Kubalik will be looking for a substantial raise, but what General Manager Stan Bowman should look to do—that he unwisely did not wait to do with Alex DeBrincat—is offer Kubalik a “prove it again” two-year bridge deal to the tune of $3 million or less per year. In the harsh reality of this business, a first-time restricted free agent in the NHL has little leverage with their next contract. This somehow eluded Bowman when dealing with 2020 RFA to be DeBrincat, instead rushing to extend him last season for double of his current market value. Assuming the Hawks want Kubalik and he wants to stay, he truly is not in a position to play hardball this offseason.
The other RFAs find themselves in difficult spots and probably nobody more than Strome. If Kubalik and Crawford are inked, then the idea of moving Strome is very realistic. It is difficult to identify how much Strome is worth or how much he is willing to settle for. And while the other names in the RFA group are less attractive, you still need cheap labor and players rostered at $1 million or less per season. Koekkoek should probably be in a different uniform next season and Subban may be out if the Hawks feel Collin Delia is equal in ability, but sneaking in the hard-nosed Caggiula under the cap would bring back some much-needed sandpaper. All three of these RFAs are arbitration eligible as well. Should the Hawks not utilize a buyout option of Zack Smith or Olli Maatta—Maatta seemingly less likely at this point—then there simply may not be the funding to hold on to Strome. Again though, he is an RFA without arbitration rights, so Bowman holds all the cards and should wait for the market to play out well ahead of prioritizing Strome’s fate.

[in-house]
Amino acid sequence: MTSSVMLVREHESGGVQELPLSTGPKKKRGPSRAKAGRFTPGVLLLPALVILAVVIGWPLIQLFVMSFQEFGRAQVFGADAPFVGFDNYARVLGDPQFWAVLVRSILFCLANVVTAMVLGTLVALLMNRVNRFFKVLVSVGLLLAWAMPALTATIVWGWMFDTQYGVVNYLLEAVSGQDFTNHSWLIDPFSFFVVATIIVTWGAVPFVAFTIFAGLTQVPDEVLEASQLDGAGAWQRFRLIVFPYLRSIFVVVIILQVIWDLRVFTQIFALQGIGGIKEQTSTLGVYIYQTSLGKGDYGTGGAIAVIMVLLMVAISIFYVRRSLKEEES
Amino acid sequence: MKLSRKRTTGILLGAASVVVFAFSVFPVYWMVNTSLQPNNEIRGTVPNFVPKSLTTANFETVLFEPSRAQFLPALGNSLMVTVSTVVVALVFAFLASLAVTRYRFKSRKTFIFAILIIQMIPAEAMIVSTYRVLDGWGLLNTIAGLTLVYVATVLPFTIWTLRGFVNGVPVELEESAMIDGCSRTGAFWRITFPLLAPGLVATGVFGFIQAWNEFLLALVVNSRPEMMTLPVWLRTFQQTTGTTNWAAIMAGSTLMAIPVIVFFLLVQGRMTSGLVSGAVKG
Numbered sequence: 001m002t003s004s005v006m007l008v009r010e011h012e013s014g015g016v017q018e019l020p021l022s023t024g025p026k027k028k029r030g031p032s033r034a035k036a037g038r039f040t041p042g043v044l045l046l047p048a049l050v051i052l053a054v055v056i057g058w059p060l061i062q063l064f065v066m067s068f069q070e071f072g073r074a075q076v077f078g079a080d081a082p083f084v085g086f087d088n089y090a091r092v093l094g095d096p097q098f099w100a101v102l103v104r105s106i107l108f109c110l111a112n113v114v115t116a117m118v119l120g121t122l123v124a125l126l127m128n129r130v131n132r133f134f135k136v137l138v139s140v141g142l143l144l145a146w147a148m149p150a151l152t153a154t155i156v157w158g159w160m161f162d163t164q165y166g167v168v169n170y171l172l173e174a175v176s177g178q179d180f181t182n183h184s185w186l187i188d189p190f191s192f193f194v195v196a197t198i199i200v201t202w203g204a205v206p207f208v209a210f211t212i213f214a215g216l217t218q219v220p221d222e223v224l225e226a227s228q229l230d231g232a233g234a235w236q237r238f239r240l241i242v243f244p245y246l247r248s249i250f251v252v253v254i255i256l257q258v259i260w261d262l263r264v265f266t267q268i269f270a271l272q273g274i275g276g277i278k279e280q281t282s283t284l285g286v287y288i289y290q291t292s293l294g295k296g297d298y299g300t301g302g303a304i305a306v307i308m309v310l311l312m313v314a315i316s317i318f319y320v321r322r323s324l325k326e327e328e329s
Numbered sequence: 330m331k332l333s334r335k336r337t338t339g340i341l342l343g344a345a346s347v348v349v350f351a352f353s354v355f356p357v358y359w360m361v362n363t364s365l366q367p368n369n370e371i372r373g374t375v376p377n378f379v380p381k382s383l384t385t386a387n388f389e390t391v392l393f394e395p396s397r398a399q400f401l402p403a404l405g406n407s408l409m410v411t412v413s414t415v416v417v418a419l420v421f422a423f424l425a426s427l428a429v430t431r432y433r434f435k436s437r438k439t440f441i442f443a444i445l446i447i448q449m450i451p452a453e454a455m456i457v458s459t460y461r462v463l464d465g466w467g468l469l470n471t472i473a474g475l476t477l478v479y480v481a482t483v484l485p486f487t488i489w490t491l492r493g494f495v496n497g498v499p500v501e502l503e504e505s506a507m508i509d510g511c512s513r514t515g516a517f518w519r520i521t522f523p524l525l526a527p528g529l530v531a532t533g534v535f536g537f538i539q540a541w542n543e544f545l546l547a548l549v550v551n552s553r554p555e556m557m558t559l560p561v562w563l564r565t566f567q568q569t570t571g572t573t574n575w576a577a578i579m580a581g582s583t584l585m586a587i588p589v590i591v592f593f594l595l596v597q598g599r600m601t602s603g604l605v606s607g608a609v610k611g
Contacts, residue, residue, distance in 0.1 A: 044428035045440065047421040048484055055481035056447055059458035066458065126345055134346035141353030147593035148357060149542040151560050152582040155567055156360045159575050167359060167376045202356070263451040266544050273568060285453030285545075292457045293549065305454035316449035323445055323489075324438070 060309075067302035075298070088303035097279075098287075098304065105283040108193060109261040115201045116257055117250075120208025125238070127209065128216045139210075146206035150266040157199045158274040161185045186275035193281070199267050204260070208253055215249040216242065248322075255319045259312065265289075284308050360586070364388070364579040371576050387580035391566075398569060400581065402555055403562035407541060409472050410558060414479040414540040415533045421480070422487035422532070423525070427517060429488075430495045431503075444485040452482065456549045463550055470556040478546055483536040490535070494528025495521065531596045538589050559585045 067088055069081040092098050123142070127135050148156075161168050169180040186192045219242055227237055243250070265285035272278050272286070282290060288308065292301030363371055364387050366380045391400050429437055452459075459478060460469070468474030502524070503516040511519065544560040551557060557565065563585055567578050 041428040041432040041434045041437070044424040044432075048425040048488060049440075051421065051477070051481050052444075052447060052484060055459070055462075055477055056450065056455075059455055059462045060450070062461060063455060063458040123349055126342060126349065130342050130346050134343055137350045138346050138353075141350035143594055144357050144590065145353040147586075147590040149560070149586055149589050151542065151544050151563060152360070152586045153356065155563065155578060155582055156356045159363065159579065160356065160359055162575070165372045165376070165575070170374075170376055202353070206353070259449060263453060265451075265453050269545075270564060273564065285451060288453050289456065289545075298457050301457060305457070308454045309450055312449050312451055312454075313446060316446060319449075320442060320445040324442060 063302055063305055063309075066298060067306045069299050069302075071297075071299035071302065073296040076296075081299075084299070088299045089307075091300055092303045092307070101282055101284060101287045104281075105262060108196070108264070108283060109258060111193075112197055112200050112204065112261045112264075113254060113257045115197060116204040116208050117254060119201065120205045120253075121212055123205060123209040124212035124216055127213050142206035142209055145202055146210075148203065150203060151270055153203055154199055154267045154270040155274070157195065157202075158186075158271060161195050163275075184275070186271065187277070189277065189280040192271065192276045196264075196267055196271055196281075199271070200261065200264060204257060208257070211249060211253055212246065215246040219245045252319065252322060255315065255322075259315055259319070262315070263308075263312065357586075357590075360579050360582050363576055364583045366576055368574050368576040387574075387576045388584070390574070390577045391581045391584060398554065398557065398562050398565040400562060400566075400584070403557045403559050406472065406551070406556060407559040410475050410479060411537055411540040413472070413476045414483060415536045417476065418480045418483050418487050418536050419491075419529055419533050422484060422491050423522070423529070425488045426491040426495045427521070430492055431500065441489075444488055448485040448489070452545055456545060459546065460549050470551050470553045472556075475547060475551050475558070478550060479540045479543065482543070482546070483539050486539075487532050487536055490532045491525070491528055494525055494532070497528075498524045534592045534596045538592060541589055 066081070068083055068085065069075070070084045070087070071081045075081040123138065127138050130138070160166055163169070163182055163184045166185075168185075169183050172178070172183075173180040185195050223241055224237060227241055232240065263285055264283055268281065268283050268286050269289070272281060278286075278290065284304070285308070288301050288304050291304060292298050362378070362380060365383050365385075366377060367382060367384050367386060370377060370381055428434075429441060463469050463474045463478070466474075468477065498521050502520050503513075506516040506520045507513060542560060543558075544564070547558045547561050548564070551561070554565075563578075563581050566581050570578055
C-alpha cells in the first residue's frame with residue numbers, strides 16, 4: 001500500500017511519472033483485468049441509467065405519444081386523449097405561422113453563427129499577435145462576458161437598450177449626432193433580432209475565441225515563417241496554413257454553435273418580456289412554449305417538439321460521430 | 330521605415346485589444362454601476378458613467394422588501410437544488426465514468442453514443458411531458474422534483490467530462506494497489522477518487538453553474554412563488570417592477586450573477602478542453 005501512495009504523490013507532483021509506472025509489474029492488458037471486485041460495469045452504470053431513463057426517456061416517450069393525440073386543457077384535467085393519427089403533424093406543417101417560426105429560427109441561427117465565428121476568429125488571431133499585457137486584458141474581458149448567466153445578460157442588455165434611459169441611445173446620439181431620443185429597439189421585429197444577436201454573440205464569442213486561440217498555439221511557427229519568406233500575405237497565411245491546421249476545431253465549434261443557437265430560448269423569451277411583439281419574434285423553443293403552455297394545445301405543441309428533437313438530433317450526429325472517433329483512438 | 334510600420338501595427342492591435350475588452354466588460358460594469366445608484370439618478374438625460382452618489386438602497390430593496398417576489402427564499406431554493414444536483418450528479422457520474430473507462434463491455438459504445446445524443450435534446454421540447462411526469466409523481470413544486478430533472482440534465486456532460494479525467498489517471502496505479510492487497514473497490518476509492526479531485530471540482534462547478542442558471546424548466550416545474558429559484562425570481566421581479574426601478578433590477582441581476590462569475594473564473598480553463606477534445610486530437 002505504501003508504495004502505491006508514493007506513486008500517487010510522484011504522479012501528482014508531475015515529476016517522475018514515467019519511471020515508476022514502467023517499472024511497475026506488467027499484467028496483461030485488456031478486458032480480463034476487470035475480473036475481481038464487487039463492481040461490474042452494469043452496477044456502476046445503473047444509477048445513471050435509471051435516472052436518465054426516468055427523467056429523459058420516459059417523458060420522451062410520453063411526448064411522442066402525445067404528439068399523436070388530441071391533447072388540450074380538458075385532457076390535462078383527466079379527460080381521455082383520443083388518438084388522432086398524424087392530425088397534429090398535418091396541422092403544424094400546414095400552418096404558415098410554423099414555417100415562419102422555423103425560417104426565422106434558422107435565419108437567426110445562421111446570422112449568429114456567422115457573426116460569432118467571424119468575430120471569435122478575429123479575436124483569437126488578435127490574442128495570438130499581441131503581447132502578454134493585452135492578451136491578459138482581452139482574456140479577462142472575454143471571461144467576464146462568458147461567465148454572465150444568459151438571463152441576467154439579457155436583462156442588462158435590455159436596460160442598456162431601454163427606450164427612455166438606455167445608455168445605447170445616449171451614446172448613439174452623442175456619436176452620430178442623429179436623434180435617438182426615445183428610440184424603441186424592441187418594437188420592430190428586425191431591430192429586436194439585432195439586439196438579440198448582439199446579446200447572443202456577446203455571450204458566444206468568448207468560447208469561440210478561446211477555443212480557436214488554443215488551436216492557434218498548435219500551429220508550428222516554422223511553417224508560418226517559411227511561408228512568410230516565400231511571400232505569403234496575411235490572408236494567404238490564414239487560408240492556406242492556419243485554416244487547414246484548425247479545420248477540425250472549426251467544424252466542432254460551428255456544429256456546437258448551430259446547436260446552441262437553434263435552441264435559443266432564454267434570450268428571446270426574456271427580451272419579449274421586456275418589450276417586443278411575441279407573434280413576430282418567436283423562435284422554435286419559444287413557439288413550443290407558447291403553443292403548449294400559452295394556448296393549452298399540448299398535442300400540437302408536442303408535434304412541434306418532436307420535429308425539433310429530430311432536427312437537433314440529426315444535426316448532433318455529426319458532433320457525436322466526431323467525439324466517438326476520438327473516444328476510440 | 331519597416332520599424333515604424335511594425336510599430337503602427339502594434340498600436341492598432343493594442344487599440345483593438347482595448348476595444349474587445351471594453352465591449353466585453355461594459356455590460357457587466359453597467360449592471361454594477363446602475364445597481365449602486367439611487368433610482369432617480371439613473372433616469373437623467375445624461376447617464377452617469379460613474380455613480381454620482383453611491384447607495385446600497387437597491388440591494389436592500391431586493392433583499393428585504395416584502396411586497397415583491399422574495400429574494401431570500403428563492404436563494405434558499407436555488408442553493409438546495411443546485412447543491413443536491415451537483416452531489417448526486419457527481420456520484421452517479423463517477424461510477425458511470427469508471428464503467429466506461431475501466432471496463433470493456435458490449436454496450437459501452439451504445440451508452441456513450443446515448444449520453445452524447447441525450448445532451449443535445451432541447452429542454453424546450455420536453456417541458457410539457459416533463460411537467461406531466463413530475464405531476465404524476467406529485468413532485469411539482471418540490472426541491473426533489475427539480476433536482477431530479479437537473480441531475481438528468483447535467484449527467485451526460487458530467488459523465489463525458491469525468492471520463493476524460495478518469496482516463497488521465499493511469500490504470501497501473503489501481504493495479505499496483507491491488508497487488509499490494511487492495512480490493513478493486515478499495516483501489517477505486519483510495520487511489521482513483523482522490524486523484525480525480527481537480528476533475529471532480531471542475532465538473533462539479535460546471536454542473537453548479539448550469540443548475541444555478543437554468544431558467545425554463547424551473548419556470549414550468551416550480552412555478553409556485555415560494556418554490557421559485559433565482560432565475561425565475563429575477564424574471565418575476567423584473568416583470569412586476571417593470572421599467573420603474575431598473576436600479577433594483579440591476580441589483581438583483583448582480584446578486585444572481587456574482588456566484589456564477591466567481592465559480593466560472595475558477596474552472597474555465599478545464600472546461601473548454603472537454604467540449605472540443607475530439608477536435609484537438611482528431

There is also is the argument of whether or not Strome is a good fit in Chicago as well. He lacks speed, is moderately productive offensively, is not good enough defensively to alter his game to be a third-line pivot and has proven that he cannot play the wing. If Jonathan Toews and Kirby Dach are the top two centers heading into 2020–21 season, where does Strome really fit in? Another component factoring into Strome’s value is how some feel that he “compliments” DeBrincat’s game. However, if you commit over $6 million to a winger, there should be ample players he can skate with. Suggest for a moment that Smith is bought out. Should those dollars be used for Strome, or should the Hawks seek to move Strome for assets and go bargain hunting for additional needs with the $2.16 million in savings with a Smith buyout? The latter may be the better play.